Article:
What’s happening is that moving in your kinesthetic imagination changes the firing of neurons. These neurological changes inevitably, but not quite instantaneously, alter the activity of your muscles. As your self-image (again, a visually biased metaphor for your “lived-in” kinesthetic experience) updates, your ability improves. Even though you put your kinesthetic imagination to work only for a few minutes, a mere fraction of the lesson, when you then, in actuality, lift your left foot and roll — spoiler alert — it is as easy as, if not much easier than, the right.
Decades before your brain’s lifelong ability to change was considered remotely possible, Feldenkrais created the FOOT ON THE HEAD lesson to give his students a direct experience of what we now call neural plasticity. Like the hundreds of his other ATM® lessons, it is not just about the joy of something difficult becoming much easier; it’s about hacking your neurophysical system.
What better way to illustrate that changing how you move is not merely a matter of stretching or strengthening? What better way to demonstrate your brain’s capacity to change than to experience how imagining — albeit in this unique way — is enough to make noticeable, significant changes in your agility and flexibility?
Putting your foot on your head is considered by many an extraordinary accomplishment, a gymnastic move that’s out of reach for most everyone. The demanding nature of the movement lends a certain sense of drama to the situation. Feldenkrais was masterful at using a lesson’s challenge to create an opportunity to experience your learning potential.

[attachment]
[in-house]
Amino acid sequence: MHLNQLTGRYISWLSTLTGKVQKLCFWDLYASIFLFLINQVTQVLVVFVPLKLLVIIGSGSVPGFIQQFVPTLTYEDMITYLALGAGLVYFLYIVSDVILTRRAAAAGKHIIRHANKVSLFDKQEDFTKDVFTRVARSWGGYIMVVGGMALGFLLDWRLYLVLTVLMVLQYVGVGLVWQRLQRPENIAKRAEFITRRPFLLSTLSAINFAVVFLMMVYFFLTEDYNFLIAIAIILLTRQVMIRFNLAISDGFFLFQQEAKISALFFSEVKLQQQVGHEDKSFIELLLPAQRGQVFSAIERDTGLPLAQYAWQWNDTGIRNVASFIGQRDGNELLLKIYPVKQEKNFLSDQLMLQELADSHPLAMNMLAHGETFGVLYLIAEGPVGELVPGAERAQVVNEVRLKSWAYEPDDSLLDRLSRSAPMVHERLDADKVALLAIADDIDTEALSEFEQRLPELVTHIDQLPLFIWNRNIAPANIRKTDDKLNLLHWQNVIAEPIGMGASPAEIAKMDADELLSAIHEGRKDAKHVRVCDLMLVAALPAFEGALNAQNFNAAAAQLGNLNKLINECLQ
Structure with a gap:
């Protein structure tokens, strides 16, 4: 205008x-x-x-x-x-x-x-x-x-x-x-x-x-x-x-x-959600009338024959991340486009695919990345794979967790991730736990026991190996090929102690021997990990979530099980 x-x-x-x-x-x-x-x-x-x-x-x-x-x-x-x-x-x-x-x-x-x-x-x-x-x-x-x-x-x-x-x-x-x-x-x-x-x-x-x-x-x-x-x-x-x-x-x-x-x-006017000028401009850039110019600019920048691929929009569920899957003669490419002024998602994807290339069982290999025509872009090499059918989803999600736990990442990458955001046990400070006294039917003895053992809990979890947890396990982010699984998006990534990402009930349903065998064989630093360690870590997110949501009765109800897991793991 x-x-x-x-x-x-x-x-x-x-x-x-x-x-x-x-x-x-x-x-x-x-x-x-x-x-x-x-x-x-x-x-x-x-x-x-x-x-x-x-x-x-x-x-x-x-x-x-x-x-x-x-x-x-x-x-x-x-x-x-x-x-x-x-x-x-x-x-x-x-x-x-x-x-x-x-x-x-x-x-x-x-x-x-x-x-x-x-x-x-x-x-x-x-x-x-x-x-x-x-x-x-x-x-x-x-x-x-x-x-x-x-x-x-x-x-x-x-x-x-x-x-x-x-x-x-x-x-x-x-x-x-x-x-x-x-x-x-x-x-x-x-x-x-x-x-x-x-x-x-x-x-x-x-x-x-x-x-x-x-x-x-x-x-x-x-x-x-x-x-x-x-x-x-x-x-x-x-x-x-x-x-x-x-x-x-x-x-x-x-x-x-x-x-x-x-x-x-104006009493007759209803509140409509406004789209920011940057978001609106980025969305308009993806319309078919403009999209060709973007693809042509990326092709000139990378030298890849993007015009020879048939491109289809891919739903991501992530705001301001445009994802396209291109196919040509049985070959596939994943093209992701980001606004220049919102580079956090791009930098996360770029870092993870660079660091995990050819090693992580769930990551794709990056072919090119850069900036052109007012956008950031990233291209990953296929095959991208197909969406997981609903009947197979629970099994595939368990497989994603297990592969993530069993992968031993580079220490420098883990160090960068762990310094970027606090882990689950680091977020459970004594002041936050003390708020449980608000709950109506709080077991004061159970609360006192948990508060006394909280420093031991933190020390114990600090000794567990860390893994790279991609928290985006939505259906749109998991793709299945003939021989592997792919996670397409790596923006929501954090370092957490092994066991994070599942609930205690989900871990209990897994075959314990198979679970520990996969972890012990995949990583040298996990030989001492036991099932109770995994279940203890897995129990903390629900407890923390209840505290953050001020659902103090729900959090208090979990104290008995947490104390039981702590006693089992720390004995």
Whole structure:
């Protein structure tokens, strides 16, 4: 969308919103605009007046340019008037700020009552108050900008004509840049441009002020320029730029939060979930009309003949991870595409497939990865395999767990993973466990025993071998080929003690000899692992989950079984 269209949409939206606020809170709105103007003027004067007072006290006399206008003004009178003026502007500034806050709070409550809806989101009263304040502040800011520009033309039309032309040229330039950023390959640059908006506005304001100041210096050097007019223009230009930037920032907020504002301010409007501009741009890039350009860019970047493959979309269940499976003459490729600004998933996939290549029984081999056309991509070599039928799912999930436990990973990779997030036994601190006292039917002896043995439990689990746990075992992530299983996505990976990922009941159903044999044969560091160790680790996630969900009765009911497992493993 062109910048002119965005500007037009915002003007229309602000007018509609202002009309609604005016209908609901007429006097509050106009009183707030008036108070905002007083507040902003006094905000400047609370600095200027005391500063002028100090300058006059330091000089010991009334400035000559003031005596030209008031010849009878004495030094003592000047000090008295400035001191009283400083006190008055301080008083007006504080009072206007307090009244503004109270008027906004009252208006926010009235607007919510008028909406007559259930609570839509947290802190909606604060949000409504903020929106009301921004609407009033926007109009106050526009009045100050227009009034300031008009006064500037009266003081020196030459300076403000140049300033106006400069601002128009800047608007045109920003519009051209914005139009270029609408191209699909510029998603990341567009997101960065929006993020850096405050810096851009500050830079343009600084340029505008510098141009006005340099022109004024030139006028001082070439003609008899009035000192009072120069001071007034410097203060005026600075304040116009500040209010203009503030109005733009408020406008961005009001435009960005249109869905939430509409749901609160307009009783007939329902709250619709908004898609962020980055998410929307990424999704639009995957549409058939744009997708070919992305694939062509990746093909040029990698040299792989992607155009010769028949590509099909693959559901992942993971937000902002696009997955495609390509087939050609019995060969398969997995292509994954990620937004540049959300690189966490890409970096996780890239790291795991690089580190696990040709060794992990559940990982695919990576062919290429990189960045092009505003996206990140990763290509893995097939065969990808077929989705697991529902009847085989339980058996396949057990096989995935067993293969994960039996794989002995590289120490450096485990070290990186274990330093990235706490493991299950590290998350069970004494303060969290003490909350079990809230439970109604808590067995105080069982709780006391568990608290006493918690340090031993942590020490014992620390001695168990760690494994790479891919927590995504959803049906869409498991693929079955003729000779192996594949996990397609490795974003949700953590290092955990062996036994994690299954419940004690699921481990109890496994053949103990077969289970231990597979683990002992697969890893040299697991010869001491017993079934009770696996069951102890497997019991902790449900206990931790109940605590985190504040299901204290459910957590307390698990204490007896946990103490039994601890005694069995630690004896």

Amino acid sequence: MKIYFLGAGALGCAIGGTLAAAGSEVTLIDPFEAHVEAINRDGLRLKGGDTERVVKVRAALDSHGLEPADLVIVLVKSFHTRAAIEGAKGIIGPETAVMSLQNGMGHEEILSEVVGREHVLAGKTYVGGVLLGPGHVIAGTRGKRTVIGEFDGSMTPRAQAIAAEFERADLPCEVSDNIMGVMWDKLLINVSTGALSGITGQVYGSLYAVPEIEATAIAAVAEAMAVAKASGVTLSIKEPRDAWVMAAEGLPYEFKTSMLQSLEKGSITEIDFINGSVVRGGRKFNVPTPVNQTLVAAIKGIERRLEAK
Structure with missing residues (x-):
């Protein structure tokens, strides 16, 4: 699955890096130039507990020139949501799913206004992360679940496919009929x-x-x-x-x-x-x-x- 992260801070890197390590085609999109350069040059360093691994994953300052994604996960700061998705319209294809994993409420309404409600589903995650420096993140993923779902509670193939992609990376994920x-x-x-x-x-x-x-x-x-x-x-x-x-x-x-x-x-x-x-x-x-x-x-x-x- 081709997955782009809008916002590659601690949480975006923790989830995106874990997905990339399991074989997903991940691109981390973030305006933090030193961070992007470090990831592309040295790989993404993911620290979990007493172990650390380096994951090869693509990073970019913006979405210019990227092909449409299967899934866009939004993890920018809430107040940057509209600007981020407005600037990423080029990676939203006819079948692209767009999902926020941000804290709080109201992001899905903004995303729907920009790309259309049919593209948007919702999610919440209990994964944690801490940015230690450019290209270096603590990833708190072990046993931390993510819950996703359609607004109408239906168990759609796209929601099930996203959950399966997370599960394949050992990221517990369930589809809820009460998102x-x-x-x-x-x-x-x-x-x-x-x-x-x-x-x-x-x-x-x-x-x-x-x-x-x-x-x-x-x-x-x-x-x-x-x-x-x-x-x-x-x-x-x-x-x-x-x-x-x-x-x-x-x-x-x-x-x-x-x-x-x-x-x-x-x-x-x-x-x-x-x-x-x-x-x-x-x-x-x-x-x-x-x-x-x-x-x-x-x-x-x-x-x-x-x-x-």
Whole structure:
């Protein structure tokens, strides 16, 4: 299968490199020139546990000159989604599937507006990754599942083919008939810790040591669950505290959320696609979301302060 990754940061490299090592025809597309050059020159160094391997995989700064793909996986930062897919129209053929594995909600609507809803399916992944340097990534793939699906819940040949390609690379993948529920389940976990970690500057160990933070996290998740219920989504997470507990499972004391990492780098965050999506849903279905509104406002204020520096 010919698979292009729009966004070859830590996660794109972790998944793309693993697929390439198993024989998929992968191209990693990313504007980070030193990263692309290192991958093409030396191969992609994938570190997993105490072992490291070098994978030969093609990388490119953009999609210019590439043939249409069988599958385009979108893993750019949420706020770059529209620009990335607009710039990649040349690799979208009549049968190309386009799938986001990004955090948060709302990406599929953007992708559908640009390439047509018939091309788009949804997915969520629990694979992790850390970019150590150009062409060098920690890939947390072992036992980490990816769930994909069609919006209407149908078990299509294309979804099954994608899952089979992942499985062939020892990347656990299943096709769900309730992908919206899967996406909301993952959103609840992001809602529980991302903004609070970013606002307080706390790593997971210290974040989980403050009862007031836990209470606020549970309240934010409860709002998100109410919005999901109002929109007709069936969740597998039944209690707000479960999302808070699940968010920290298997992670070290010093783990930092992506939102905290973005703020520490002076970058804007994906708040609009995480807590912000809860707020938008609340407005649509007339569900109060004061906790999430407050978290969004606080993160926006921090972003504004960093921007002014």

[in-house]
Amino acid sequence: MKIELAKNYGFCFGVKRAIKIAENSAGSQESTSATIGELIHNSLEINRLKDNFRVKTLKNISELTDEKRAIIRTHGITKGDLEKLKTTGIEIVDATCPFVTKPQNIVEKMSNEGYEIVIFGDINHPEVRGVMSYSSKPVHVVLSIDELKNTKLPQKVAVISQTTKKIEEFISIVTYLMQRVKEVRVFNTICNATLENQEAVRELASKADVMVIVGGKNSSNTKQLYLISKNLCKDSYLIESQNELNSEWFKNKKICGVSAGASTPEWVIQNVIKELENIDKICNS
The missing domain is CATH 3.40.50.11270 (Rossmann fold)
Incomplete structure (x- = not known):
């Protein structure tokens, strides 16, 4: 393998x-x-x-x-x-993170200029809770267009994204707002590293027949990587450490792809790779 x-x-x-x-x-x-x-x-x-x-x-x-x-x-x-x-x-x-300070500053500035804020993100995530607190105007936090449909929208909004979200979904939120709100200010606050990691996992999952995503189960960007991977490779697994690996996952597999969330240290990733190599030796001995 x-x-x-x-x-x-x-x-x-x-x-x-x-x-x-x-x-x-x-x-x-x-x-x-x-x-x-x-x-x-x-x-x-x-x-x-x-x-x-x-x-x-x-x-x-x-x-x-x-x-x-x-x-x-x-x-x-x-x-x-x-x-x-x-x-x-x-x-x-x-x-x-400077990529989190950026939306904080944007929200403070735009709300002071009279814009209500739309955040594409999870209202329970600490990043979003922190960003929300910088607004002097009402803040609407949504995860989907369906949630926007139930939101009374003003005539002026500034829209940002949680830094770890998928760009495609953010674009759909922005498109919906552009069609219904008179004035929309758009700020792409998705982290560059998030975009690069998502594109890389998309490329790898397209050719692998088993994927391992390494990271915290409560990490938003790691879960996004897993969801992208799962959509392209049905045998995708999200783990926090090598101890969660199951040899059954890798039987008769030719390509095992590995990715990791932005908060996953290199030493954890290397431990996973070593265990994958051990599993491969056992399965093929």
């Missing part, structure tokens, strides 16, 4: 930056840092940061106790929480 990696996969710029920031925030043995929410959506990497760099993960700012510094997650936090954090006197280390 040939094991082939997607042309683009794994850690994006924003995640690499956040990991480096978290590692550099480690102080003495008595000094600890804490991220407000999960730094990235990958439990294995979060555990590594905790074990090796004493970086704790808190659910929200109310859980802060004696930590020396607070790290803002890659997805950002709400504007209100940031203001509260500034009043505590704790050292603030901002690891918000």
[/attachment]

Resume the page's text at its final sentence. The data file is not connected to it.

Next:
Unfortunately, this movement can seem so extreme, dangerous, or ridiculous that it discourages students from even attempting the lesson. That got me wondering. Does this perceived difficulty put my colleagues off from teaching the FOOT ON THE HEAD? While Feldenkrais was unafraid to offer the class to his students and propose it in the book he wrote for the public, I wonder if, perhaps, we have become timid in our teaching.
After I had the opportunity to present this lesson to two separate groups of colleagues last month, I told them I was advocating for the ATM, for teaching it to our classes. Some folks talked about their reluctance to do so. So I asked how many had taught this lesson. Out of the two hundred plus who attended, 62 replied to the poll, which is quite a respectable response rate.®
Would you believe it? More than two-thirds of the respondents have never taught this lesson.
What does this mean?
There’s too little information from one poll to draw any conclusions. However, the results of the survey do leave me wondering. Don’t we do our students a disservice when we avoid this lesson and others of the same ilk?
Both versions I taught are now available, for free, to anyone with a free account on the Mind in Motion Online website. The recordings are in the Library section under FREE LESSONS > ALEXANDER YANAI.
If you have a professional Become a Better Teacher account, you will also be able to access the discussions we had after each lesson.
(If you have yet to claim your free MIMO account, please click here to sign up now.)
Next weekend, I invite you to participate in Breathe Easier, a new public Feldenkrais workshop. A way to say thank you for all the incredible support I received through my cancer journey, this free online course is a chance to catch your breath, de-stress, and re-energize.
To give you a choice of when to join in, I am offering the workshop twice:
- Saturday, 20 February 2021
5:00 PM to 8:15 PM PST
- Sunday, 21 February 2021
9:00 AM to 12:15 PM PST
To sign up, please click here.